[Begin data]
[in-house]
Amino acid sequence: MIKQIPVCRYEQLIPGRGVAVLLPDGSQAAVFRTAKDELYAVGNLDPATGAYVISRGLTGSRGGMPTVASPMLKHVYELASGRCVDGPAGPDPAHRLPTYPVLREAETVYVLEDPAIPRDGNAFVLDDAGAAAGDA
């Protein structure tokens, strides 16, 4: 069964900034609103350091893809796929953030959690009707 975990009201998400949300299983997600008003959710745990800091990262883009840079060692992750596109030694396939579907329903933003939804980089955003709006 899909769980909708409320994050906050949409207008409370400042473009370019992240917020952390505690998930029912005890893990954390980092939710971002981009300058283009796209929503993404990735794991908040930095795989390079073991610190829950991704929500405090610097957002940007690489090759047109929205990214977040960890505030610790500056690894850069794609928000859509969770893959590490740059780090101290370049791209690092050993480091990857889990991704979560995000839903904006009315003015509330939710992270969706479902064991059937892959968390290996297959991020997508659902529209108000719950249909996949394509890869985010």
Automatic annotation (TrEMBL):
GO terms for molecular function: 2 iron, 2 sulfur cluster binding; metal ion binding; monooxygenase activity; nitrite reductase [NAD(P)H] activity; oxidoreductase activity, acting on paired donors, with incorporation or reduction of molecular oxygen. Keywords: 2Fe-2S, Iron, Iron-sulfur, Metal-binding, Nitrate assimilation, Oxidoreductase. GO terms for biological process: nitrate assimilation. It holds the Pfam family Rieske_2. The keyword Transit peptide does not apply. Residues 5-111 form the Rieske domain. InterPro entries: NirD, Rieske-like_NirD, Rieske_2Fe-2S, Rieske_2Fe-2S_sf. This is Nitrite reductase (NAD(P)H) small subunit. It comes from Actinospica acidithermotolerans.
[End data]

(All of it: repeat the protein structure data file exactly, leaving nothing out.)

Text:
[in-house]
Amino acid sequence: MIKQIPVCRYEQLIPGRGVAVLLPDGSQAAVFRTAKDELYAVGNLDPATGAYVISRGLTGSRGGMPTVASPMLKHVYELASGRCVDGPAGPDPAHRLPTYPVLREAETVYVLEDPAIPRDGNAFVLDDAGAAAGDA
């Protein structure tokens, strides 16, 4: 069964900034609103350091893809796929953030959690009707 975990009201998400949300299983997600008003959710745990800091990262883009840079060692992750596109030694396939579907329903933003939804980089955003709006 899909769980909708409320994050906050949409207008409370400042473009370019992240917020952390505690998930029912005890893990954390980092939710971002981009300058283009796209929503993404990735794991908040930095795989390079073991610190829950991704929500405090610097957002940007690489090759047109929205990214977040960890505030610790500056690894850069794609928000859509969770893959590490740059780090101290370049791209690092050993480091990857889990991704979560995000839903904006009315003015509330939710992270969706479902064991059937892959968390290996297959991020997508659902529209108000719950249909996949394509890869985010």
Automatic annotation (TrEMBL):
GO terms for molecular function: 2 iron, 2 sulfur cluster binding; metal ion binding; monooxygenase activity; nitrite reductase [NAD(P)H] activity; oxidoreductase activity, acting on paired donors, with incorporation or reduction of molecular oxygen. Keywords: 2Fe-2S, Iron, Iron-sulfur, Metal-binding, Nitrate assimilation, Oxidoreductase. GO terms for biological process: nitrate assimilation. It holds the Pfam family Rieske_2. The keyword Transit peptide does not apply. Residues 5-111 form the Rieske domain. InterPro entries: NirD, Rieske-like_NirD, Rieske_2Fe-2S, Rieske_2Fe-2S_sf. This is Nitrite reductase (NAD(P)H) small subunit. It comes from Actinospica acidithermotolerans.